Part 2, The dangerous disease of power
I have long held to the proposition that the expressed motivation attracting judges to the bench is suspect.
I do not take as universally true the easy, self-serving assurance of many judges that he or she simply wants to do good. I am leery of do-gooders. I have believed, and I still do, that judges, like all persons, have needs that fuel their choices. Their need, in a money society, is certainly not money, for judges are notoriously underpaid. The greatest attraction to the bench is simply power. In a given case the judge has more power over the litigants before him than any other human being on the face of the earth.
I have sometimes encountered tyrant judges who lord it over the poor rabble struggling below them, who seem to enjoy observing a particular lawyer helplessly twisting and turning in the winds of their whims. I have suspected that some such judges furtively rejoice in their power over lawyers who have been more successful than they, and over litigants who for unobvious reasons the judges may despise. I have seen judges who eagerly await the opportunity to dump a load of scorn on those who have made unfortunate choices in their lives. Yes, some want to do harm. And I am saddened that I find myself writing these lines.
I recognize that judges, like doctors who daily face the injured and dying, and lawyers who are routinely relating to clients who are maimed or hated or who are guilty of horrendous crimes, may become calloused in order to maintain some semblance of mental health. But as for judges, how does a human being wrench screaming children from their parents, turn one’s back on the pathetically injured for no better reason than they fail to fit some fictional legal model, send men to the death house or to long terms in the torture chambers of prison unless the judge has grown a certain protective coating around the hide of the heart? Still even the most gentle judge, the rare one who exudes a caring nature, is often one who I am not likely to trust, not at first. I have discovered that too often an outward benevolence covers a merciless heart.
But if I am fair I must acknowledge that judges are not too different than I. I, too, claim I want to do good. I claim that I have devoted my life to help the forgotten, the lost, the voiceless, and the damned. It all sounds good. The idea of it feeds my soul. I have a need to be useful, to feel worthy, to engage in just causes, to fight just fights. I wish to be seen as a warrior for the people. If my own sense of self stands for justice on behalf of ordinary people, justice against the powerful, against the corporate overlord and the tyranny of government why can’t I grant such an honorable motive to judges? After all, we have encountered many humans who genuinely care. And judges who were once lawyers surely know the dismal plight of those who seek justice and who so rarely obtain it. Yes, rarely.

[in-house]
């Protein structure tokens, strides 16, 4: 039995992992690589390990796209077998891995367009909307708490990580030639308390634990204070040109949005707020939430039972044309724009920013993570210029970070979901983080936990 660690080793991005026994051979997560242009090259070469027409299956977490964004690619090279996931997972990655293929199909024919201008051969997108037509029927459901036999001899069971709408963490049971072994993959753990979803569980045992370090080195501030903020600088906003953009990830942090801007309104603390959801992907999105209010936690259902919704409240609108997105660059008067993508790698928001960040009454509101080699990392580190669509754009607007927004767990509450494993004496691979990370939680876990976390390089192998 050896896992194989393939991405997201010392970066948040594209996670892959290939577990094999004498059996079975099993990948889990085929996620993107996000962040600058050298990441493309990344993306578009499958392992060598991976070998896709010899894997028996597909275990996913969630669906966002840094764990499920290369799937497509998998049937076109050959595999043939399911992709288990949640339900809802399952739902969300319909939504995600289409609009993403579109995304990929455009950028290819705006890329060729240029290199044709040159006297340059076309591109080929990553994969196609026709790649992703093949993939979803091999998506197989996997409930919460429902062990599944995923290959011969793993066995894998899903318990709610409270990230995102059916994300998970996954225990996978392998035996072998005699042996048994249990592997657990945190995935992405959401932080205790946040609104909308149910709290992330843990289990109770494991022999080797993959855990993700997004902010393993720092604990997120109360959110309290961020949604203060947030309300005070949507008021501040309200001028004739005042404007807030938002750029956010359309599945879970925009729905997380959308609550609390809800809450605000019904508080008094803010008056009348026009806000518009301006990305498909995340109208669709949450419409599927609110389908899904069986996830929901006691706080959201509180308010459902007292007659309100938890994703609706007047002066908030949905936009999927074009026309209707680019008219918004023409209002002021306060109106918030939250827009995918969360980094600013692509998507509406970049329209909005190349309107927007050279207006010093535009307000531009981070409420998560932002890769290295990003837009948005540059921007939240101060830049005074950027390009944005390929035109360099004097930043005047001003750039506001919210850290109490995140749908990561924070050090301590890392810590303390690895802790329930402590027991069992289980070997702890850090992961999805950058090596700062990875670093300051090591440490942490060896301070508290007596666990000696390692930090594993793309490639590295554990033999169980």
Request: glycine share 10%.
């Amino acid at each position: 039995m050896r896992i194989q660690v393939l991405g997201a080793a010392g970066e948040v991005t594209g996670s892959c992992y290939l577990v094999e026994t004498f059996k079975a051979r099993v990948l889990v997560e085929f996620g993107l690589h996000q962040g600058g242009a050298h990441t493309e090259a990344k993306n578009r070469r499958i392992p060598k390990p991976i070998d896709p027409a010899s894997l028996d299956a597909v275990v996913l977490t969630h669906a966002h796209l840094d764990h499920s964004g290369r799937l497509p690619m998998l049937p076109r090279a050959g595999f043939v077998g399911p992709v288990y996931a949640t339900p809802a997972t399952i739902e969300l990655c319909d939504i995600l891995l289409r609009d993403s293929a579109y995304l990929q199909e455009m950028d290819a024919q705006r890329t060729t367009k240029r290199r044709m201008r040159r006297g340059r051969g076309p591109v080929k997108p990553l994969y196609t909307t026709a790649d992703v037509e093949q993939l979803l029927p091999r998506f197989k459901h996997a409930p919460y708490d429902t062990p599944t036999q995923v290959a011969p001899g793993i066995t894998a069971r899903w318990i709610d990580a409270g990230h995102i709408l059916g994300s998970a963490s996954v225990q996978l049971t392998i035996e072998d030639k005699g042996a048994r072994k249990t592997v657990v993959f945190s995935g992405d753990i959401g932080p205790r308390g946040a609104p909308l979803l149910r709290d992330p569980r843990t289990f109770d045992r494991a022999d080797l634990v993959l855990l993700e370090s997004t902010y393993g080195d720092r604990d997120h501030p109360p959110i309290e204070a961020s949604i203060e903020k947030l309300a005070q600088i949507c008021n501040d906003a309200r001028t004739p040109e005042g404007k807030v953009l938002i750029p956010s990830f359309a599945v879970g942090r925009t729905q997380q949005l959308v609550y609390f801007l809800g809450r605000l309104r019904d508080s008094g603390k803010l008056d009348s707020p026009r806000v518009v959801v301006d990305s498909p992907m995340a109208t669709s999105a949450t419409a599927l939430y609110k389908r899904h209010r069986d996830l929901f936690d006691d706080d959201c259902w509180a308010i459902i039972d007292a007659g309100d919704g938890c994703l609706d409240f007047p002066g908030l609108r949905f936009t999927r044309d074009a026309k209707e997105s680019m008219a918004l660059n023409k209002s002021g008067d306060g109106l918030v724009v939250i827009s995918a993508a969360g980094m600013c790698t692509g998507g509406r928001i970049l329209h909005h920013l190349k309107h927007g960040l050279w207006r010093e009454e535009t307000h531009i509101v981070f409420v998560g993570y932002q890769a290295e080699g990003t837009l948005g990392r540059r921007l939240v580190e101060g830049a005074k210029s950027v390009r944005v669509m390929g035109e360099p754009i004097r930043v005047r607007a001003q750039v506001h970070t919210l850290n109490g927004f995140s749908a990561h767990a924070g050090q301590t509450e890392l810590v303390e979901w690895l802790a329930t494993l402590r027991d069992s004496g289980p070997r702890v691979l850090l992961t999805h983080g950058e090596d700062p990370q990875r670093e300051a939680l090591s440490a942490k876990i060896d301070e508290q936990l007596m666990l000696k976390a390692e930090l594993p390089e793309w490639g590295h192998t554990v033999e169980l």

Still, these days too many judges ascend to the bench bearing a fealty pledged to the people’s masters. We can understand the phenomenon. Today, most judges are selected by a power saturated with the interests of business, and a majority of the judges appointed were once prosecutors or corporate lawyers. In their former lives these lawyers took on the cause of power. As prosecutors they were daily drowned in the dreary decadence of criminals crowding the jails. As civil defense lawyers they experienced the excesses of trial lawyers representing those who claimed to be injured or who, even though injured, sought to take advantage of their injuries. The politicians seek judges who reflect their own philosophical leanings. The tree grows bent in the direction of the prevailing wind and in the calm can never fully right itself.
“The tree grows bent in the direction of the prevailing wind and in the calm can never fully right itself.”
Unfortunately, my view of the bench is supported by a majority of trial lawyers who represent ordinary people. At the Trial Lawyers College, where we teach lawyers how to successful fight for people against corporate and government power, the attitude of the attendees who have spent many years in the trenches before countless judges is nearly uniform. Rarely do I find a lawyer who believes most judges are mostly fair, mostly caring, and mostly driven to accomplish good ends. Sadly, many see judges as their enemies, as opponents in the courtroom even more powerful and adverse to the lawyer than the opposing lawyer.
They see judges more concerned with their dockets, with moving their cases forward, with controlling the courtroom and the lawyers, with making decisions that will be acceptable to their constituents and that will not be badly reported by the media. True, most often lawyers do not see judges as overtly dishonest or even consciously in the pocket of power. But they see them as the possessors of power who too often exercise it wrongly, insensitively, in forwarding their own agendas, and ultimately functioning to the detriment of the litigants. This is not to say that there are no caring, fair, even loving judges in this country. Many, but not enough, do great honor to the bench. In the end, a majority of judges are seen by most people’s lawyers as a power source of harm.
As for me it is harmful to look up to a judge who has ignored the poor and bowed to the rich, to show such a judge respect when he is not worthy of respect, to show such a judge deference when he reveals an underlying indifference to the human condition, to give such a judge honor when he has lived a life on the other side protecting power and money. Yet I am troubled by these judgments.